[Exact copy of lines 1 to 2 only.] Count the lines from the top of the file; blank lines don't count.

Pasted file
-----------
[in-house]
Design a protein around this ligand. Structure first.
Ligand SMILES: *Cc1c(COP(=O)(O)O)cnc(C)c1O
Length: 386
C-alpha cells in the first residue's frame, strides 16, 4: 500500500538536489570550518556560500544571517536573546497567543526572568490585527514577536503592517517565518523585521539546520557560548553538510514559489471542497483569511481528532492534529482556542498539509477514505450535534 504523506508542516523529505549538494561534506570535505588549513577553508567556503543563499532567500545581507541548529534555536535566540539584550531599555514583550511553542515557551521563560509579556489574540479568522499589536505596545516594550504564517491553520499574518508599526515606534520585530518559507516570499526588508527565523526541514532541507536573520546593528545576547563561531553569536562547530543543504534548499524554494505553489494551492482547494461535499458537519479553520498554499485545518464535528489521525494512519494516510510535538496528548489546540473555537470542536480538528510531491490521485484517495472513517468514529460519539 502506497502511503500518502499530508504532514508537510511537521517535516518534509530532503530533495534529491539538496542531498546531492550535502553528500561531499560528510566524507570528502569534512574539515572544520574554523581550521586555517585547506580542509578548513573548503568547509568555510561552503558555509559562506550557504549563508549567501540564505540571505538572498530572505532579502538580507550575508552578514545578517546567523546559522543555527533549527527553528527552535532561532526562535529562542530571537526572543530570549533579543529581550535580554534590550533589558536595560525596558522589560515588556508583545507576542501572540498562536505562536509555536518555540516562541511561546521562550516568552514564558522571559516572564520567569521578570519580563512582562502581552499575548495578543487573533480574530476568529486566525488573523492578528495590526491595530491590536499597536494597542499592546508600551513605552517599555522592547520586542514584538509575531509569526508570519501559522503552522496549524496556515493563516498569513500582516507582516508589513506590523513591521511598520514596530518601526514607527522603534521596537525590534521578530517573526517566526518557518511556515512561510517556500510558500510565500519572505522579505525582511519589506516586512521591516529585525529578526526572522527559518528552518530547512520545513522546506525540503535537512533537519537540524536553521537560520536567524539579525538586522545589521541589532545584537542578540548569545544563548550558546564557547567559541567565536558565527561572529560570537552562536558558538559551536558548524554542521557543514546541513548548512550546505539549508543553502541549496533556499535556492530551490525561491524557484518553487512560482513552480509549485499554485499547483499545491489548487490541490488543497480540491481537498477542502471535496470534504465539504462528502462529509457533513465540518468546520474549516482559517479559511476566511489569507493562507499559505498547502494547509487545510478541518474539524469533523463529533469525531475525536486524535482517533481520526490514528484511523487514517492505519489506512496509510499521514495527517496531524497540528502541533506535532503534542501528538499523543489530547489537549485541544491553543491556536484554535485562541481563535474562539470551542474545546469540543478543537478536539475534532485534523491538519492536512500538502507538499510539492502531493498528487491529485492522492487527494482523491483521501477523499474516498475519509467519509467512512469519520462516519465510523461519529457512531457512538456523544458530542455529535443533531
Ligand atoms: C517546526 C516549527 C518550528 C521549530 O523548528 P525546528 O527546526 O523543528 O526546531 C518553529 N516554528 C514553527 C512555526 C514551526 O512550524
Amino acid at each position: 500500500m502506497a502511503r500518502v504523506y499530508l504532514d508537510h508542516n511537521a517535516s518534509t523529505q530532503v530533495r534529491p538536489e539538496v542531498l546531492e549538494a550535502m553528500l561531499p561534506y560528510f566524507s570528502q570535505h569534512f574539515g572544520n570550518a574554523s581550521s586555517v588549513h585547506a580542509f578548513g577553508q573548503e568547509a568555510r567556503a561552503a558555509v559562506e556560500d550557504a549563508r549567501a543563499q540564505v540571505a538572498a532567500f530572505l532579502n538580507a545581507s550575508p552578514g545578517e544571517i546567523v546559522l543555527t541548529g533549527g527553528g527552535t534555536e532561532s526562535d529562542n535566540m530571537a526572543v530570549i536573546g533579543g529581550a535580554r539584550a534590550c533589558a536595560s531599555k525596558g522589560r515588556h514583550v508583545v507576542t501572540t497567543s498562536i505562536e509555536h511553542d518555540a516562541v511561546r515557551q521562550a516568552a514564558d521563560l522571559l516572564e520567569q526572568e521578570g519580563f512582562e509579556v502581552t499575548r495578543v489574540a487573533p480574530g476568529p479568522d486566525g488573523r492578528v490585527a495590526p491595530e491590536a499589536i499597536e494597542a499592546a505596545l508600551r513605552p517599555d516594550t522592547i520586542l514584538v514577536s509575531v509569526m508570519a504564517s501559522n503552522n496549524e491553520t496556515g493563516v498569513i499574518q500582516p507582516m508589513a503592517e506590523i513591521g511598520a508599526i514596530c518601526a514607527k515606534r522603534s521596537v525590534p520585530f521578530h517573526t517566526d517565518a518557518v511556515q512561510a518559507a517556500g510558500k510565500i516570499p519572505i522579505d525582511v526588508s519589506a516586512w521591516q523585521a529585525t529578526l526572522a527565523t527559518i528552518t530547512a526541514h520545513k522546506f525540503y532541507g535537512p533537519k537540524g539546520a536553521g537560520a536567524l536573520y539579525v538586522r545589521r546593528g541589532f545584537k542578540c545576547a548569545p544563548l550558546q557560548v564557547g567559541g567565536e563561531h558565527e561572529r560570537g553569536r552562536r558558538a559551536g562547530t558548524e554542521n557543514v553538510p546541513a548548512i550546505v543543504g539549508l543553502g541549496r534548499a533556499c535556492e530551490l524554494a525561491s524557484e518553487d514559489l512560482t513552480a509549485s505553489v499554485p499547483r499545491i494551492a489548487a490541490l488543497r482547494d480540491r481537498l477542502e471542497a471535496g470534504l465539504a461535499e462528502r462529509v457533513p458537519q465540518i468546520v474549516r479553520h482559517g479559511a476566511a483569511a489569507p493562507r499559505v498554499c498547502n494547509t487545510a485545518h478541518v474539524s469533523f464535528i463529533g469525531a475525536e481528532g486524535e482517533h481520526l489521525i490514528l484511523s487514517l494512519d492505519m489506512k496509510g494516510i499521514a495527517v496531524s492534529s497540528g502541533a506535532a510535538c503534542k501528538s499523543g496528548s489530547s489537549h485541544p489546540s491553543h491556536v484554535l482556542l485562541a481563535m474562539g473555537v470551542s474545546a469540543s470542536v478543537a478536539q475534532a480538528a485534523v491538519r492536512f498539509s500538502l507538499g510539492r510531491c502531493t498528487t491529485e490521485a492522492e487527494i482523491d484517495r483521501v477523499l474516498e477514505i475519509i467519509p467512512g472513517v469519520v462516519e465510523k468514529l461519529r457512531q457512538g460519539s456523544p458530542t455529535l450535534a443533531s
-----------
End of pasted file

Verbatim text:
[in-house]
Design a protein around this ligand. Structure first.